How to support a loved one in recovery

Posted on 10/05/21 11:25:am


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According to a 2019 report from the Substance Abuse and Mental Health Services Administration (SAMHSA), approximately 20.4 million people aged 12 or older had a substance use disorder. If your friend, family member, or other loved one is among the millions affected by addiction, you've likely struggled to find ways to support them.

"Addiction is everywhere, and it's important for us to recognize that it can feel really scary, like life is out of control. Oftentimes families and friends accommodate their loved one's addiction without realizing that's what they are doing," explains Narissa Etwaroo, MD, psychiatrist at Rogers' Tampa clinic. "Knowing how to be there for them in a healthy, compassionate way can be very challenging, however there are some key strategies that can make a difference."

Dr. Etwaroo shares what to do and what not to do when interacting with someone in recovery

What to do:

  1. Maintain an open dialogue:
    • Use compassion to let them know that you recognize their suffering, that you hear them, and that their needs, wants, and feelings are valid.
    • Set clear limits of what you can and cannot accept.
    • Be specific about the behaviors you are worried about.
  2. Avoid terms like "Why can't you just have one drink?" or "It's all about balance." Statements like this may encourage use, which is problematic for someone in recovery.
  3. Remember that bonding over substances can reinforce the belief that they are necessary for socializing. Instead, reinforce the idea that they do not need substances to be happy and enjoy life.
  4. Enjoy activities together. Ideas include going for a hike, getting coffee, or playing a game.
  5. Prioritize your own self-care. Dr. Etwaroo says exercise, plenty of sleep, socialization, and seeking support for yourself will put you in a better position to assist your loved one when they're ready to get help.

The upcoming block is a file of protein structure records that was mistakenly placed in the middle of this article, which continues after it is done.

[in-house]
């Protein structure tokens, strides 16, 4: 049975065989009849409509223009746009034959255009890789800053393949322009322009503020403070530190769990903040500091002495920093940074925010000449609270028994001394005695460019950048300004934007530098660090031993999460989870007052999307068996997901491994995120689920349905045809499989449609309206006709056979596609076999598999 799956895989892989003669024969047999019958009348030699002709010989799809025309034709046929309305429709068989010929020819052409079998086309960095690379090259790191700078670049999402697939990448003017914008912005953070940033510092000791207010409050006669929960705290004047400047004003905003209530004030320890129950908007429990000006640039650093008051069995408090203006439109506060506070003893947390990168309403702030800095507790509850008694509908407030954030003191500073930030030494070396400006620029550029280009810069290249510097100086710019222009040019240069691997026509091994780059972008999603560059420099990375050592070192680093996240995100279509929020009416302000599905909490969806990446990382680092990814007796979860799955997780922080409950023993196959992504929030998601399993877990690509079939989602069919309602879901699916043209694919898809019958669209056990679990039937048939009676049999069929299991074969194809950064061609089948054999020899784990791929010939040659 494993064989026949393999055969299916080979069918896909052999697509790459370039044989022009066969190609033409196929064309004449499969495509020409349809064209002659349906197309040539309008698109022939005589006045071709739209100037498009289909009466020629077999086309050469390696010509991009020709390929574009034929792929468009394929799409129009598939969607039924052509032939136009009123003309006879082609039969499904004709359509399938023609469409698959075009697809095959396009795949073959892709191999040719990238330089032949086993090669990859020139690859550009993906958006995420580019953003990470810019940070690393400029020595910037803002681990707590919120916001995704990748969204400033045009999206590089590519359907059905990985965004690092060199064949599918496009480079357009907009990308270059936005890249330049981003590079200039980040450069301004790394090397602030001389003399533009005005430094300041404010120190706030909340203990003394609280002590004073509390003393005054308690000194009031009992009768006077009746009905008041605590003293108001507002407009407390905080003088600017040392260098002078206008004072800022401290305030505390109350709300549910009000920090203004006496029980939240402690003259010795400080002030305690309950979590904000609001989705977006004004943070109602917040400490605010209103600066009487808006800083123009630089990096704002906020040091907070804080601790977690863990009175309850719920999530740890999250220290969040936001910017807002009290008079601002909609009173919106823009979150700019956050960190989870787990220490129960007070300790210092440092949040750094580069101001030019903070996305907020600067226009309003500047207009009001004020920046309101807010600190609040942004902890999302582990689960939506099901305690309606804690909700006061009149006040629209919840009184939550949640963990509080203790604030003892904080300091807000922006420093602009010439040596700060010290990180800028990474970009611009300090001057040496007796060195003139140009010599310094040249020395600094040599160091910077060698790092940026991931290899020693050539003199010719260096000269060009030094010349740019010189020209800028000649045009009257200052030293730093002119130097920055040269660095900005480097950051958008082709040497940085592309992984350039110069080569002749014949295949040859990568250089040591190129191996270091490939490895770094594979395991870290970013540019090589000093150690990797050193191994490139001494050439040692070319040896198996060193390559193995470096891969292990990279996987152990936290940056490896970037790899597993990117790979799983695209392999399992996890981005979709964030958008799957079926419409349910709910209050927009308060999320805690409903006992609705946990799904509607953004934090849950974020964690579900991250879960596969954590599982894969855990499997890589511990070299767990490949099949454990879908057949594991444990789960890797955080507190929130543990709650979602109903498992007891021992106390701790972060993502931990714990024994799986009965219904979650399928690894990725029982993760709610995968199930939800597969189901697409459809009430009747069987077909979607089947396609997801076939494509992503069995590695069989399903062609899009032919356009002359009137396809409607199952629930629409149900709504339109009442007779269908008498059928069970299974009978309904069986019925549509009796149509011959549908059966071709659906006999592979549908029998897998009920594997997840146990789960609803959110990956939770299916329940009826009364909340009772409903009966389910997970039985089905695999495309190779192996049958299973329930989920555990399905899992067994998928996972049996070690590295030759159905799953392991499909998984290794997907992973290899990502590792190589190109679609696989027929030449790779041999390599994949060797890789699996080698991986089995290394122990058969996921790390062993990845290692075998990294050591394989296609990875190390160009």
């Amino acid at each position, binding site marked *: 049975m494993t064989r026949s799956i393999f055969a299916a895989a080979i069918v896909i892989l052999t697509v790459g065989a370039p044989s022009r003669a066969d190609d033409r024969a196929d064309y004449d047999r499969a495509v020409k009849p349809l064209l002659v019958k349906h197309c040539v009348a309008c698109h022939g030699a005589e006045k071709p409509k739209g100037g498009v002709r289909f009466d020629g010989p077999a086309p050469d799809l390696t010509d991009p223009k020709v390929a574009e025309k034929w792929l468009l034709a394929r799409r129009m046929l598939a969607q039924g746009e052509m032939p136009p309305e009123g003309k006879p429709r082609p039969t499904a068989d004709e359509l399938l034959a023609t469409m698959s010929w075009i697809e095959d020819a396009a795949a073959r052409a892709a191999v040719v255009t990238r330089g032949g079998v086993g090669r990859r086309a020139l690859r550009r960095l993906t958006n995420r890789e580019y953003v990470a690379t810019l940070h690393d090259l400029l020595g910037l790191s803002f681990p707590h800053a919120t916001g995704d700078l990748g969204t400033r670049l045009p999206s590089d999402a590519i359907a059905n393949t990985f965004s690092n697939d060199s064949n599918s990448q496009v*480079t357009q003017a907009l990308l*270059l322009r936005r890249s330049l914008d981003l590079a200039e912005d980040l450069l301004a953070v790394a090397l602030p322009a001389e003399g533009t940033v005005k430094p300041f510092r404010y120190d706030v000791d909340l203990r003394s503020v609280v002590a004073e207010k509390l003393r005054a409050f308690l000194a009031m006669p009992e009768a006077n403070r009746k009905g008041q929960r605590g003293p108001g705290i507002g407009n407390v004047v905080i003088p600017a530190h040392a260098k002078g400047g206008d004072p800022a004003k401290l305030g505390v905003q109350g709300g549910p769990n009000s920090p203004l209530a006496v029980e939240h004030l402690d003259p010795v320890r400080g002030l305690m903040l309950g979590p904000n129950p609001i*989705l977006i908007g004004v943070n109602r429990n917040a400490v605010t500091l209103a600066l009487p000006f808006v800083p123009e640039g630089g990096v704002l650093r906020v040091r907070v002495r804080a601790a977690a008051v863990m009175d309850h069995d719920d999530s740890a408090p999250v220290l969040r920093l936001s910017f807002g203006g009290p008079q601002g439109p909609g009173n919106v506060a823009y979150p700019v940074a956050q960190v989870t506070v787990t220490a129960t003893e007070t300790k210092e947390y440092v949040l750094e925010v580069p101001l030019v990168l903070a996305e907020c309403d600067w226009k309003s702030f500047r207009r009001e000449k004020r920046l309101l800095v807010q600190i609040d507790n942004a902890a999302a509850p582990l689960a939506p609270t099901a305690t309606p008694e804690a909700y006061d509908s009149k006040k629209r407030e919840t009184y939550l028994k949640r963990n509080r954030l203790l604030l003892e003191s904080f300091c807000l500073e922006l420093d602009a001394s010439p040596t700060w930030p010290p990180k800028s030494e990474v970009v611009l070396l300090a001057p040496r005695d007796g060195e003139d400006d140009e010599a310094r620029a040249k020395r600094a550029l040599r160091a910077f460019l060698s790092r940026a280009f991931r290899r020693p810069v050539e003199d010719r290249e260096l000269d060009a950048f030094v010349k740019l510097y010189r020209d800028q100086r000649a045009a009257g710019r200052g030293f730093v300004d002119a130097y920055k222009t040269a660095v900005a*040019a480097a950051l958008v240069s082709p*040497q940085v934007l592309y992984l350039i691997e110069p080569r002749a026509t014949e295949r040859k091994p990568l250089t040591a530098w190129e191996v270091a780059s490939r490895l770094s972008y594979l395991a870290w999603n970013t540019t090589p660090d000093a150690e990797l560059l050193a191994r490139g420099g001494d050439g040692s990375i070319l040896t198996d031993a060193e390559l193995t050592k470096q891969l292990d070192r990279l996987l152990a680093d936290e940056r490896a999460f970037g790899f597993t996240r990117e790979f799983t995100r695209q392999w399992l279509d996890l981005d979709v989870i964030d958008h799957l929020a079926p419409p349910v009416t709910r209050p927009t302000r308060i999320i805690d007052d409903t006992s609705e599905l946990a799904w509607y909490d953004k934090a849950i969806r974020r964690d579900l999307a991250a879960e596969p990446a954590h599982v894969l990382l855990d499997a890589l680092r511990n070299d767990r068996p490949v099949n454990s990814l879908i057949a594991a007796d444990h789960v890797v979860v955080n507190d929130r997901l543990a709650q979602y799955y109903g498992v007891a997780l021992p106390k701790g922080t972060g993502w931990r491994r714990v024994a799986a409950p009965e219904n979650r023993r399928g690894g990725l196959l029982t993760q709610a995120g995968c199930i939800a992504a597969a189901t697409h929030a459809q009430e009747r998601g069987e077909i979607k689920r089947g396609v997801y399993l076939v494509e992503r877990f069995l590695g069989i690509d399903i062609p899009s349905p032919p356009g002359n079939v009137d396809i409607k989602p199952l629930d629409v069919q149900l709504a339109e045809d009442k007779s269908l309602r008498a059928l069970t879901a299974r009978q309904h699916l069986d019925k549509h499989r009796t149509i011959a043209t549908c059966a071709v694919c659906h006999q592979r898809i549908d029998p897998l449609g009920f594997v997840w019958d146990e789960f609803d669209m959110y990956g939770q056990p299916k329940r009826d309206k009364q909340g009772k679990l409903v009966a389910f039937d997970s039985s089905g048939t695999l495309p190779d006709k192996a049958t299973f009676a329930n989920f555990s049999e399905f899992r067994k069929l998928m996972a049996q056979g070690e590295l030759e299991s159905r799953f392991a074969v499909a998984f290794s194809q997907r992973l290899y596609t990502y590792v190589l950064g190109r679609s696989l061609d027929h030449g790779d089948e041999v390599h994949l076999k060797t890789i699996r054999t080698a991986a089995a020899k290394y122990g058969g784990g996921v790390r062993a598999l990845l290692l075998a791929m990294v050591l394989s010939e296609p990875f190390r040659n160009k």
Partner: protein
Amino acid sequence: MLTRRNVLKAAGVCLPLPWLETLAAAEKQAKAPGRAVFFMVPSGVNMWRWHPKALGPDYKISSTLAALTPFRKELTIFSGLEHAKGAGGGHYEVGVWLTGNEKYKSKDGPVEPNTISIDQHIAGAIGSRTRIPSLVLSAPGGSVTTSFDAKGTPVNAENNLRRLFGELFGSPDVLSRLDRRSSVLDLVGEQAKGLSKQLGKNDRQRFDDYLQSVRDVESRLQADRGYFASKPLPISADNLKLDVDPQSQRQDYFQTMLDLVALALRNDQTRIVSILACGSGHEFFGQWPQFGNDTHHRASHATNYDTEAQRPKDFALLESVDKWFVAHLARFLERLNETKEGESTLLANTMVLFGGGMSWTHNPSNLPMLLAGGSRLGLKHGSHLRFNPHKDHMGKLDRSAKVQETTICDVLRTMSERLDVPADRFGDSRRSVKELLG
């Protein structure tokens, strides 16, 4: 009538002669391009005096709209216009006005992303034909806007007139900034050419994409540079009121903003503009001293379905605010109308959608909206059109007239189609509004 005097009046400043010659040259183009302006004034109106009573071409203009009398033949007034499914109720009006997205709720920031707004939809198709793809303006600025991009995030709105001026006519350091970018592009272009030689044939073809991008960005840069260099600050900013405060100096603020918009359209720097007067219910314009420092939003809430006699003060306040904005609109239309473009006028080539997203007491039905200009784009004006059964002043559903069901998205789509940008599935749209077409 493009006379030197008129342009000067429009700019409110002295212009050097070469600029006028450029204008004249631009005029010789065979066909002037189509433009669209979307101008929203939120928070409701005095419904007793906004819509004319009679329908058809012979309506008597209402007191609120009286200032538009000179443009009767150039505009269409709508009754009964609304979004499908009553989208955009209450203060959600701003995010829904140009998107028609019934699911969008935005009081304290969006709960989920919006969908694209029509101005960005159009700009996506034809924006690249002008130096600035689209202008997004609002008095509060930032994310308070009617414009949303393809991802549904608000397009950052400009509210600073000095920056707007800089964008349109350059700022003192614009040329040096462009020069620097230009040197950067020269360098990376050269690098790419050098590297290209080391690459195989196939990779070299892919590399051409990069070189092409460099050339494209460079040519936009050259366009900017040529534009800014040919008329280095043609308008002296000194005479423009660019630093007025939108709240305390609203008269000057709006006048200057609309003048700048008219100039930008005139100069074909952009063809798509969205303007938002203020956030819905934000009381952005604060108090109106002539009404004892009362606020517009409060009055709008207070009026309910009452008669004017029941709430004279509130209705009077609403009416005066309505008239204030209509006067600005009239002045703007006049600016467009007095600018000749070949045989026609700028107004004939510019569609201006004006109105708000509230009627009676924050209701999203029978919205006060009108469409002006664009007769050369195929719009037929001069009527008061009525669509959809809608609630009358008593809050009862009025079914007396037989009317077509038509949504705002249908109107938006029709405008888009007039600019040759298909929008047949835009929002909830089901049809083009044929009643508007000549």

What not to do:

  1. Use phrases like "Pull yourself together," as this is invalidating when directed at someone who needs validation and support. Recovery requires community and social support.
  2. Make emotional statements, as these may increase feelings of guilt and increase the urge to use the substance or engage in harmful behaviors.
  3. Get into arguments, lecture, or threaten. It can be very difficult to have a productive conversation with someone who is using, and these tactics will only make it more challenging.
  4. Cover up or make excuses for their behavior. This can lead to taking on their responsibilities, which may prevent them from facing the consequences of their actions.
  5. Use terms like "addict" or "junkie." Instead, use person-first language to avoid stigmatizing their condition and placing blame.

How Rogers encourages support during treatment

Dr. Etwaroo shares that during partial hospitalization (PHP) and intensive outpatient (IOP) care for mental health and co-occurring addiction, families are encouraged to be active participants in treatment during regular family sessions.

"In addition to sessions led by a family therapist, Rogers assists relatives of our patients through a family program that provides education, tips for improving communication, and a judgment-free space to share challenges," says Dr. Etwaroo. "If your loved one is going to AA or NA, I also recommend trying the Al-Anon program, as this will equip you with additional tools to be the best support system you can be."

Mental Health and Addiction Recovery at Rogers

Outpatient treatment for addiction and co-occurring mental health disorders is available at locations throughout the country, while inpatient and residential care are offered in Wisconsin. To request a free, confidential screening:


Call 800-767-4411 or go to to request a free screening.